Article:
Wednesday, February 20, 2013

Natural Numbers

The first kind of numbers humanity discovered were the Natural Numbers. Now, this statement needs to be explained.

First, what does “kind of numbers” mean? Well, there are many of them! Like, for instance, the numbers you use to count (one apple, two apples, three apples) aren’t the same as the numbers you use to talk about quantum mechanics (such-and-such has an amplitude of √2(1+i)…)

Then there’s “discovered.” So that implies that the numbers are, somehow, “out there”? Well, that’s a philosophical issue, but I’d say that yes, yes they are. I mean, 2 apples plus 2 apples equals 4 apples, but it seems to me that the statement 2 + 2 = 4 is somehow deeper than that.

Anyway. There are the Natural Numbers. But what are they? How do we define them?

"Well, there’s 0, 1, 2, 3… you know, numbers."

Yes, but how would you explain these numbers to an alien species that doesn’t already know them?

"Uh… well…"

Of course you don’t need to do that, because in your head you already know what the Natural Numbers are. Still, it’d be nice if we had a set of rules that define them. So let’s do that.

1. 0 is a natural number.

Okay? That sounds like a good starting point. Now, we have an equality relation.

2. For every natural number n, n = n.

3. For every natural numbers m and n, if m = n then n = m.

4. For every natural numbers m, n and p, if m = n and n = p then m = p.

5. If m is a natural number and m = n, then n is a natural number.

Further, we have an operation called successorship, S(n).

6. For every natural number n, S(n) is also a natural number. (This statement is usually referred to as “the natural numbers are closed under S.”)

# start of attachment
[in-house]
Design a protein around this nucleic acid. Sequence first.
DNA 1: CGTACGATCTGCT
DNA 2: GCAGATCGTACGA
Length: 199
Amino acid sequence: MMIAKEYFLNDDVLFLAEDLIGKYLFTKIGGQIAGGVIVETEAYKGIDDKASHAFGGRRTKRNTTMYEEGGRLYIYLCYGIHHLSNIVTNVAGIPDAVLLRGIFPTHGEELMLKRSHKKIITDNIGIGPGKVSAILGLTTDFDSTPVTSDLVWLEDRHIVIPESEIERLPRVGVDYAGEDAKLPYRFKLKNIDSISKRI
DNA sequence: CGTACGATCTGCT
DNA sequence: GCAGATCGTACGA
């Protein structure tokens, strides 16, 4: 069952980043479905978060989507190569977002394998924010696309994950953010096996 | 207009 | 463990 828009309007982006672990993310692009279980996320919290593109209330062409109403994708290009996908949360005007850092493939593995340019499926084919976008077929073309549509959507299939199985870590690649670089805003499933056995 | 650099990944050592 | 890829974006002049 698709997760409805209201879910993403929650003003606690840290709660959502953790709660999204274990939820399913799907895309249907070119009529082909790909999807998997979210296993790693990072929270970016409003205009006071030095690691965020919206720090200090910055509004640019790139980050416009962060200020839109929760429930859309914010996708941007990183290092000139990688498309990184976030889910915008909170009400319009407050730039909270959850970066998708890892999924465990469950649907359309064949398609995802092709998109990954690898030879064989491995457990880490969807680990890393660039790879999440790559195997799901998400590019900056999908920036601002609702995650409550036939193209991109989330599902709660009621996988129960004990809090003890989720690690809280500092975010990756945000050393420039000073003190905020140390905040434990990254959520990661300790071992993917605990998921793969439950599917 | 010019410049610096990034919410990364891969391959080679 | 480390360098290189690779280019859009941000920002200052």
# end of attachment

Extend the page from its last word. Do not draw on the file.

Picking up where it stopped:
"Okay, so we have that 0 is a natural number, and S0 is a natural number. But since S0 is a natural number, SS0 is also a natural number. Okay! We’re done, aren’t we?"

Not quite.

7. For every natural numbers m and n, if S(m) = S(n) then m = n.

8. There is no natural number n such that S(n) = 0.

"Okay, now we’ve defined natural numbers, haven’t we?”

Indeed. But there’s a problem with the above. There are sequences that obey these rules and are not Natural Numbers.

"Huh? How is that?"

Well, the sequence …-2*, -1*, 0*, 1*, 2*,… obeys these rules nicely.

"Hold on… that doesn’t…"

Just look at it. 0 isn’t in it, but no one said it had to be. The numbers are also unique, and closed under S. And in fact, there’s an infinite number of infinite-in-both-directions sequences that obey all these rules.

"Alright! So we can just say that… that any sequence that’s the natural numbers must have 0 or something…”

Yes, yes indeed.

9. If K is a set that contains 0 and is closed under S, then K contains all natural numbers.

There. Now we’re done. We’ve just pinpointed all of the Natural Numbers.

These rules are called the Peano Axioms, and they uniquely define the Natural Numbers. That is to say, if anyone ever asks you what the Natural Numbers are, you just tell them to follow these strict rules, and they will create a sequence that is isomorphic to them.

Notes

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